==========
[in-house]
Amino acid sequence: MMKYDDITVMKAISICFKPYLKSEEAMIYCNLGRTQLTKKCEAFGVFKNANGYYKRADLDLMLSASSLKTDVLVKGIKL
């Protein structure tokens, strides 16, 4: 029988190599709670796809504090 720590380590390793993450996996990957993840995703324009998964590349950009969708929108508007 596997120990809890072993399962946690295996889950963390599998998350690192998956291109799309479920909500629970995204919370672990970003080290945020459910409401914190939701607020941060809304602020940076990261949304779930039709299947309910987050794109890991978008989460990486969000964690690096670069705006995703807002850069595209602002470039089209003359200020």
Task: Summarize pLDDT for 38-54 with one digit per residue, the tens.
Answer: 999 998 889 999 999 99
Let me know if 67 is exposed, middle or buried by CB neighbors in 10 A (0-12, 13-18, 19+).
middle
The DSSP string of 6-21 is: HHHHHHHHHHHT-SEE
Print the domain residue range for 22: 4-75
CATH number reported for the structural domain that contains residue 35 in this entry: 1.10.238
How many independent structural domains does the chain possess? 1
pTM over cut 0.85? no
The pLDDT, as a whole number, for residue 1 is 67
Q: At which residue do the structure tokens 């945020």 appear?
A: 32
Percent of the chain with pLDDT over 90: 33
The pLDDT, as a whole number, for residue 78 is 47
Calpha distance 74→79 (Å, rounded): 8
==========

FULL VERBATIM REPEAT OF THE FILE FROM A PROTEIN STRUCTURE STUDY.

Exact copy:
[in-house]
Amino acid sequence: MMKYDDITVMKAISICFKPYLKSEEAMIYCNLGRTQLTKKCEAFGVFKNANGYYKRADLDLMLSASSLKTDVLVKGIKL
């Protein structure tokens, strides 16, 4: 029988190599709670796809504090 720590380590390793993450996996990957993840995703324009998964590349950009969708929108508007 596997120990809890072993399962946690295996889950963390599998998350690192998956291109799309479920909500629970995204919370672990970003080290945020459910409401914190939701607020941060809304602020940076990261949304779930039709299947309910987050794109890991978008989460990486969000964690690096670069705006995703807002850069595209602002470039089209003359200020």
Task: Summarize pLDDT for 38-54 with one digit per residue, the tens.
Answer: 999 998 889 999 999 99
Let me know if 67 is exposed, middle or buried by CB neighbors in 10 A (0-12, 13-18, 19+).
middle
The DSSP string of 6-21 is: HHHHHHHHHHHT-SEE
Print the domain residue range for 22: 4-75
CATH number reported for the structural domain that contains residue 35 in this entry: 1.10.238
How many independent structural domains does the chain possess? 1
pTM over cut 0.85? no
The pLDDT, as a whole number, for residue 1 is 67
Q: At which residue do the structure tokens 């945020």 appear?
A: 32
Percent of the chain with pLDDT over 90: 33
The pLDDT, as a whole number, for residue 78 is 47
Calpha distance 74→79 (Å, rounded): 8